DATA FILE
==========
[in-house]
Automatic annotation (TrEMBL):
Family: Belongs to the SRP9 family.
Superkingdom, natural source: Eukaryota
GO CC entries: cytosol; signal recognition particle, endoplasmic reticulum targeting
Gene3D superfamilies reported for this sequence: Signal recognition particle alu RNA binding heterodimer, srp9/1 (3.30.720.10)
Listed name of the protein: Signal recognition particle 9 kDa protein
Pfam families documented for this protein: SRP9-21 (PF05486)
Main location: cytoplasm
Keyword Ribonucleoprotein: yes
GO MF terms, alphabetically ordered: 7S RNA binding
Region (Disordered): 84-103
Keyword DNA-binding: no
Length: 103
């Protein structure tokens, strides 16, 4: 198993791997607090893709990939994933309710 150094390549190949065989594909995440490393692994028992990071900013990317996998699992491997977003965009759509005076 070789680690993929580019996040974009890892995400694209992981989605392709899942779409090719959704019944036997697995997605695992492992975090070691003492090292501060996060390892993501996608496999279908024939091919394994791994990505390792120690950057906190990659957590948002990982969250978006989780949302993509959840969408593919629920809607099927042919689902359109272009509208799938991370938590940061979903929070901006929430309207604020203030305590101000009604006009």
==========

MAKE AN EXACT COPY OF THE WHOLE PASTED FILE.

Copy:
[in-house]
Automatic annotation (TrEMBL):
Family: Belongs to the SRP9 family.
Superkingdom, natural source: Eukaryota
GO CC entries: cytosol; signal recognition particle, endoplasmic reticulum targeting
Gene3D superfamilies reported for this sequence: Signal recognition particle alu RNA binding heterodimer, srp9/1 (3.30.720.10)
Listed name of the protein: Signal recognition particle 9 kDa protein
Pfam families documented for this protein: SRP9-21 (PF05486)
Main location: cytoplasm
Keyword Ribonucleoprotein: yes
GO MF terms, alphabetically ordered: 7S RNA binding
Region (Disordered): 84-103
Keyword DNA-binding: no
Length: 103
């Protein structure tokens, strides 16, 4: 198993791997607090893709990939994933309710 150094390549190949065989594909995440490393692994028992990071900013990317996998699992491997977003965009759509005076 070789680690993929580019996040974009890892995400694209992981989605392709899942779409090719959704019944036997697995997605695992492992975090070691003492090292501060996060390892993501996608496999279908024939091919394994791994990505390792120690950057906190990659957590948002990982969250978006989780949302993509959840969408593919629920809607099927042919689902359109272009509208799938991370938590940061979903929070901006929430309207604020203030305590101000009604006009």